ing the jacket 24 partly broken away exposing the reflector foil 22 snugly wrapping the cylindrical surface of the crystal as well as the lower end surface (not visible in this view).

FIG. 4 is a partial cross section view, greatly enlarged, of a portion of the head of a gamma-ray camera showing a cluster of jacketed scintillation crystals 20 closely clustered in a scintillation crystal matrix 32 made of a gamma-ray-impermeable material such as lead. The ends of the crystals through which light flashes are to be monitored by an image intensifier tube 34 are in abutting contact with the input window, the surface 26 of which may be coated with a coupling fluid. The other end of each of the foil-encased jacketed crystals is biased against an ionizing-radiationpermeable-pad 38 pressingly disposed against the surface of a plastic shield 40 which'covers the-exterior surface of the scintillation crystal matrix 32. The scintillator crystals within the crystal mosaic are. preferably spaced in a hexagonal pattern, with a center to center distance of 0.1875 inch. It will be apparent that the jacketed foil-encased crystals of the instant invention are ideally adapted to such close spacing. Coupling fluid 42 surrounds crystals 20 above the crystal matrix conveniently jacketed with a shrink-fitted plastic jacket include organic crystals of anthracene, stilbene and polyvinyl toluene. The organic crystals provide fast response and are particularly useful for low intensity radiation. Foil wrapping having a thickness of from about 0.005 to. about 0.001 inch is used on aluminum scintillator crystals specifically used for the detection-of beta radiation of soft X radiation. Other materials which may be used as foil for encasing a crystal include silver,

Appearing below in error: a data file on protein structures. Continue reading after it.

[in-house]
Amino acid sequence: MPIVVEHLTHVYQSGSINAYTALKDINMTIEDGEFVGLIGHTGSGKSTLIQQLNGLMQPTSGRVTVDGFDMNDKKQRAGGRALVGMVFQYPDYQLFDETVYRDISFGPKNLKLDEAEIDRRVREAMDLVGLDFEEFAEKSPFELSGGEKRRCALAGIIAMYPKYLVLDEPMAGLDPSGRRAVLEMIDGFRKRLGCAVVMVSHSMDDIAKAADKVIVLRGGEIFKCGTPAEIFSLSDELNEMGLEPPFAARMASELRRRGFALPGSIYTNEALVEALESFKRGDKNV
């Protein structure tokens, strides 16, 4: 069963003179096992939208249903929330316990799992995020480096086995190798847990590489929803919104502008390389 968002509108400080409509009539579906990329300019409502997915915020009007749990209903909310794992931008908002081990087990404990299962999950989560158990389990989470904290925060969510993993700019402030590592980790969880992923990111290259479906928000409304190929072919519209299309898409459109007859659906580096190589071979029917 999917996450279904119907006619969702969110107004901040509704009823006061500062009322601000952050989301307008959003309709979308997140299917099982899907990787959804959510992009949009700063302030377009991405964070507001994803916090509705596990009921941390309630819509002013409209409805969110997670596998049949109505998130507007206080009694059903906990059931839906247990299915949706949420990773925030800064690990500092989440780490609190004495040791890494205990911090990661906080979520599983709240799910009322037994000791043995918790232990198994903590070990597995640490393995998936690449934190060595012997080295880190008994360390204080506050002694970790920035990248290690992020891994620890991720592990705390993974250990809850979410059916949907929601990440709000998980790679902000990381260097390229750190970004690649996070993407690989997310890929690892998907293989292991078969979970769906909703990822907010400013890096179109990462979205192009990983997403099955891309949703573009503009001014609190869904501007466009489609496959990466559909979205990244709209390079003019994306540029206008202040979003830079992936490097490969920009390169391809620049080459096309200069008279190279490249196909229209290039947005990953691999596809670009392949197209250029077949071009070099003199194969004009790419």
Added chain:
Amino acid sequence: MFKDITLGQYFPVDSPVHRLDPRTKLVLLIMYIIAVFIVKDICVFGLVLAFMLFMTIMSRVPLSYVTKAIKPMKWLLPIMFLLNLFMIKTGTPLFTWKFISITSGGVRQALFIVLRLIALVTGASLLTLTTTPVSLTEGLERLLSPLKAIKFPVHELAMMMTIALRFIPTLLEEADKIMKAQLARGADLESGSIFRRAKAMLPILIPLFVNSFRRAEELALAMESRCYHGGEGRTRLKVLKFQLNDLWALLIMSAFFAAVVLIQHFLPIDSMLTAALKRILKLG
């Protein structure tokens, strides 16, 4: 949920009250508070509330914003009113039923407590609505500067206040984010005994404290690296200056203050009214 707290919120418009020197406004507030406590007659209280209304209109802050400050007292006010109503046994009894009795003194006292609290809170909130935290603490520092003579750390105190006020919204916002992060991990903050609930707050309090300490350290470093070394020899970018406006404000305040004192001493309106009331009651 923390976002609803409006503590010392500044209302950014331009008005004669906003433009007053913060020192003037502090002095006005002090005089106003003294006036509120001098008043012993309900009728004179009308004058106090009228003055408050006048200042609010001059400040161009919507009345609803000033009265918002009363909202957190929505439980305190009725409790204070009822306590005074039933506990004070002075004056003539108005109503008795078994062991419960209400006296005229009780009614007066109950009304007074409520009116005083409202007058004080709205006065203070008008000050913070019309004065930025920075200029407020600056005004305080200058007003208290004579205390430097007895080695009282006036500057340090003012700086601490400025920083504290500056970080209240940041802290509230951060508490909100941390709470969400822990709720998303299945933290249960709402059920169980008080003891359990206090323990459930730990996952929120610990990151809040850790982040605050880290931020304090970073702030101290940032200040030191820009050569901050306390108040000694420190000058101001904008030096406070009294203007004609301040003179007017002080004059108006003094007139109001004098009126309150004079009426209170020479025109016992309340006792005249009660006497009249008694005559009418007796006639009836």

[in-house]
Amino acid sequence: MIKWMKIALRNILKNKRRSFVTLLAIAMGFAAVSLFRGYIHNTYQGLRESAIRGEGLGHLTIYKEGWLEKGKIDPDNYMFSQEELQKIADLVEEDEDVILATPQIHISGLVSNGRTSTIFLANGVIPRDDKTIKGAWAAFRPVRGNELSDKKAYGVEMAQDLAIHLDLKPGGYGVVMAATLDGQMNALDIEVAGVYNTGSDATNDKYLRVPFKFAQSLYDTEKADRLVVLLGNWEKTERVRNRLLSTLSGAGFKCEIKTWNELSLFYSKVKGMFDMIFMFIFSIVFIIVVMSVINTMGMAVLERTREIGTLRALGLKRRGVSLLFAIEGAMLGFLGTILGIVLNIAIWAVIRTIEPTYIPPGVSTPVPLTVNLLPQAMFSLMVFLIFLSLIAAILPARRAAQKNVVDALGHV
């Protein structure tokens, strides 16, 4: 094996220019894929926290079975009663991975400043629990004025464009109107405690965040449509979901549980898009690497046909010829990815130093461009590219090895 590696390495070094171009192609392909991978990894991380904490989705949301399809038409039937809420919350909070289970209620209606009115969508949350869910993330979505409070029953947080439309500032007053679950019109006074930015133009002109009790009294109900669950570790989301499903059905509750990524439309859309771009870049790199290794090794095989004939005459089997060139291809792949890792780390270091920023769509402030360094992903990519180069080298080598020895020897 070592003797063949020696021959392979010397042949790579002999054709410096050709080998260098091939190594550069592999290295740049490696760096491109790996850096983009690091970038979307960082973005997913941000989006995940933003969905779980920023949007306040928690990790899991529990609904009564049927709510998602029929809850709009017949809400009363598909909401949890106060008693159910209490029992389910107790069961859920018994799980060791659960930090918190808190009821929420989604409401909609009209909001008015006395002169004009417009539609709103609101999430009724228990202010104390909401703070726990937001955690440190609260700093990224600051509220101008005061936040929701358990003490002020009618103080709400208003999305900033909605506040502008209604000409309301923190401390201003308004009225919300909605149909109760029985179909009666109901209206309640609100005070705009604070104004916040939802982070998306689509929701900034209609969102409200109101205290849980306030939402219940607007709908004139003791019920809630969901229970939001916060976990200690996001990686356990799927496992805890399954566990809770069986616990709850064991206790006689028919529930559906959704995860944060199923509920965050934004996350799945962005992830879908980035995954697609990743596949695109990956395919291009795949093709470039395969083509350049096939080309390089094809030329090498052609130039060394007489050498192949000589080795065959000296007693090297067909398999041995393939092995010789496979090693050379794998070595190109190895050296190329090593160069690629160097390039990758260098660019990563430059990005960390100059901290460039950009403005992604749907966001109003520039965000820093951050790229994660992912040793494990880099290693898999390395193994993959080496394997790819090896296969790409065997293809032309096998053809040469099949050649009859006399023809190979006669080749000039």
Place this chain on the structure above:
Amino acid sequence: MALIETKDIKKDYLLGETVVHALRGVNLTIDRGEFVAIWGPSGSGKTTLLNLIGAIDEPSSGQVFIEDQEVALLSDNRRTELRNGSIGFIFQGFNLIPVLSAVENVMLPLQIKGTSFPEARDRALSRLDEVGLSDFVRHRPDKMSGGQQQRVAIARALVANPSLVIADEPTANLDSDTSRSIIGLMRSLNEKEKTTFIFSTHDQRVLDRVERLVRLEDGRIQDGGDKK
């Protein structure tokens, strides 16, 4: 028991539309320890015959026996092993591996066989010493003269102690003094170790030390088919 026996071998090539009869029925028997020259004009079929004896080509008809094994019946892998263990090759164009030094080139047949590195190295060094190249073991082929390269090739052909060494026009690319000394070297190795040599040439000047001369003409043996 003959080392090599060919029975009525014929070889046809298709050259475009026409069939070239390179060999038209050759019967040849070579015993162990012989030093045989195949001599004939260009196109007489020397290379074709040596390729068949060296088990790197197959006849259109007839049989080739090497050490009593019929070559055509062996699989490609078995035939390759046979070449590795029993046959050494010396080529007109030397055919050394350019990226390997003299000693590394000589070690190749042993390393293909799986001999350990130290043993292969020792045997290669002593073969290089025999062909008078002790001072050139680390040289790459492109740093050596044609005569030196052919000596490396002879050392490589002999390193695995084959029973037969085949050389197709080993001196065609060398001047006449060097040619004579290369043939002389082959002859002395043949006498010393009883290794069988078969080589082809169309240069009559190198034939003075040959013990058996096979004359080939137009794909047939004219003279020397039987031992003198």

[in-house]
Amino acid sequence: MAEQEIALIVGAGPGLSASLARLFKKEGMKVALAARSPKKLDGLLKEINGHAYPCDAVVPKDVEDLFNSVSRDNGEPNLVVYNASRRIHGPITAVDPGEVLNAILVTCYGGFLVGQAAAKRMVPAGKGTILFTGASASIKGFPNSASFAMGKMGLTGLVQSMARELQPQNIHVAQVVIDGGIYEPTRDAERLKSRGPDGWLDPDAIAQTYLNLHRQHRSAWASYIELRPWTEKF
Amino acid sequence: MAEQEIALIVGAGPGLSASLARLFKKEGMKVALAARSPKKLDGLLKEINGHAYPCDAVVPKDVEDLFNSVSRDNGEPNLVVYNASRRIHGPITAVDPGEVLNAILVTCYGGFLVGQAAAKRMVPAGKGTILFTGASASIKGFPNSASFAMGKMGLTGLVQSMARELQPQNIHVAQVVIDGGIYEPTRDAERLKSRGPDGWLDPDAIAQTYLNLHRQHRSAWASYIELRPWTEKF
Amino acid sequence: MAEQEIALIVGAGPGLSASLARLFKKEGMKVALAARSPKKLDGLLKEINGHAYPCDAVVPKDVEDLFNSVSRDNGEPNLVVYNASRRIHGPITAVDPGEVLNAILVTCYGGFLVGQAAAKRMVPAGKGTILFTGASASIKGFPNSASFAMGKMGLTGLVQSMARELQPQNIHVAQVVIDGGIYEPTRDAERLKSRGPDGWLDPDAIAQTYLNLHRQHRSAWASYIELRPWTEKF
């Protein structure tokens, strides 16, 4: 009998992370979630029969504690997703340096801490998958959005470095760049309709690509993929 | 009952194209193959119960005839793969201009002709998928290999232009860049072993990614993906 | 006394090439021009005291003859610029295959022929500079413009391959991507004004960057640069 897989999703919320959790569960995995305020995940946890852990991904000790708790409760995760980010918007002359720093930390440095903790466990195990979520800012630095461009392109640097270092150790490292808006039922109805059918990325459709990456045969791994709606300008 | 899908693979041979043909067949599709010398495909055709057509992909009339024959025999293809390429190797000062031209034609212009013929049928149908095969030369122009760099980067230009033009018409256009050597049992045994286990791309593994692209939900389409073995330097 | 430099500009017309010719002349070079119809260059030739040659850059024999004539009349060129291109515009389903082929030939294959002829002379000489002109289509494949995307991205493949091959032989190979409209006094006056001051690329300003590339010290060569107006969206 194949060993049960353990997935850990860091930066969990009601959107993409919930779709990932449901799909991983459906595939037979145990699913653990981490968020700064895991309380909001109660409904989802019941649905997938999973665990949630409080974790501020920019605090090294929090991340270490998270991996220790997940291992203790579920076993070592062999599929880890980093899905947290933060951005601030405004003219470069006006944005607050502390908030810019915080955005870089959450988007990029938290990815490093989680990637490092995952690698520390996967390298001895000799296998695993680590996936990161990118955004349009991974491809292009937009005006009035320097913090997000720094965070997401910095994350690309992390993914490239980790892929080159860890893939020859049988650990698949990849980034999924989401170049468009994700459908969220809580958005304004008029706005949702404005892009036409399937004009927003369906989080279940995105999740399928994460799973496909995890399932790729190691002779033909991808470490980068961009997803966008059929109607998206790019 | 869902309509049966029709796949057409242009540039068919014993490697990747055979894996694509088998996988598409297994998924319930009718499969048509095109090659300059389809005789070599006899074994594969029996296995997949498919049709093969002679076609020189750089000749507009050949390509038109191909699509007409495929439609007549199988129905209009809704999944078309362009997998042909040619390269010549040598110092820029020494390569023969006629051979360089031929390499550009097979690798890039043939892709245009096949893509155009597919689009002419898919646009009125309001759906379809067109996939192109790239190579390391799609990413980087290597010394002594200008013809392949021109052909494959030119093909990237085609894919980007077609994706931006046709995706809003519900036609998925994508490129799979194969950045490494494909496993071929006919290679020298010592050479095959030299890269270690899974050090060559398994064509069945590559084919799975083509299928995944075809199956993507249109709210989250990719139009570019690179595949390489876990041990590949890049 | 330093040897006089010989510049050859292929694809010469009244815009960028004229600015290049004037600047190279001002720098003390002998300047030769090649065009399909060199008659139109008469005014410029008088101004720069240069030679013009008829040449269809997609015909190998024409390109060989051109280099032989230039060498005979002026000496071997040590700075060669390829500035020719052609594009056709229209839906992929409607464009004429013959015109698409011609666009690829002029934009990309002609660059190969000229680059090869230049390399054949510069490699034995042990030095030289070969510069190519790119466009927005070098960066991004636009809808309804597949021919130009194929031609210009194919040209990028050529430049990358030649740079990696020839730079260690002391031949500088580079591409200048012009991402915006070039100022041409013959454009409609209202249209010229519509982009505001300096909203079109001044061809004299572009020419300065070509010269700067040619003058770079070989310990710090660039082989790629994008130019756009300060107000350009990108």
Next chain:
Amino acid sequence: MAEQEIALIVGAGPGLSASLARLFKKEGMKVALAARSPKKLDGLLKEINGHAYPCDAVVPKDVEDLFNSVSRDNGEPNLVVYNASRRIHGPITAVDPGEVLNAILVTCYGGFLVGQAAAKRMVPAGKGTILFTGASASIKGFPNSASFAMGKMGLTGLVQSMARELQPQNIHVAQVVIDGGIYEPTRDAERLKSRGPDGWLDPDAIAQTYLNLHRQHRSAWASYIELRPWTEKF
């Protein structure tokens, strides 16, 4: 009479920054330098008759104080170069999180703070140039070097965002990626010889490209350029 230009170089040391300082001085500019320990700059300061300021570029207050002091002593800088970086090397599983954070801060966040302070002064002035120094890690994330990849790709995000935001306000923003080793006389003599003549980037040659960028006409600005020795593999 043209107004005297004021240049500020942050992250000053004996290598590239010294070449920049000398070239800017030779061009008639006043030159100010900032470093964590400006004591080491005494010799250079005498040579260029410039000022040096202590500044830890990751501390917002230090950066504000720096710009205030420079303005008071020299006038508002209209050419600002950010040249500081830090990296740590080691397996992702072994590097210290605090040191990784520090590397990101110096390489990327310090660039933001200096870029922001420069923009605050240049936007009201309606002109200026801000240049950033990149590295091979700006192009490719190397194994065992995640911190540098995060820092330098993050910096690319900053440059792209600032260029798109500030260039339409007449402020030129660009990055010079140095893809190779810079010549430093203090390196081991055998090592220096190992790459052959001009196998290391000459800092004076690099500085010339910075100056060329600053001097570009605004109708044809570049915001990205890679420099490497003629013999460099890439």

gold and aluminized plastic films, the choiceof materials devolving in large measure upon the energy of radiation to be monitored, size and shape of the crystal, and the economics. For example, silver foil is easily attacked both by oxygen as well as by several crystal materials; gold is chemically resistant but is relatively dense; aluminized Mylar is generally not sufficiently opaque.

Irrespective of the type of material from which the reflective foil is made, the smooth foil ispressed against the surface of the crystal by the shrunk plastic jacket and is in point-to-point contact with that surface at a multiplicity of locations; thus, an extremely small air gap between the crystal surface and foil is provided. This air gap effectively maximizesthe light output of the crystal. Maximum light output is obtained as long as the air gap is greater than one wave length of the light generated within the crystal. Particularly where an end surface of the crystal is in contact with a photomultiplier tube or an image intensifier tube using a cou-' pling fluid as described hereinbefore and illustrated in FIG. 4, it is essential that the gap between the reflective foil and the surface of the crystal around which the foil is'disposed, be free from wetting. If fluid enters the gap and wets the surface of the crystal and the contiguous foil surface, the output of light is diminished. It will be noted that despite the apparent smoothness of the crystal surfaces and the surface of the reflective foil, the surfaces are not smooth with respect to a wave-length of light generated within the crystal.

Where a scintillation counter is formed of a liquid organic material, it may be contained in a capsule of ionizing radiation permeable material which, in turn, is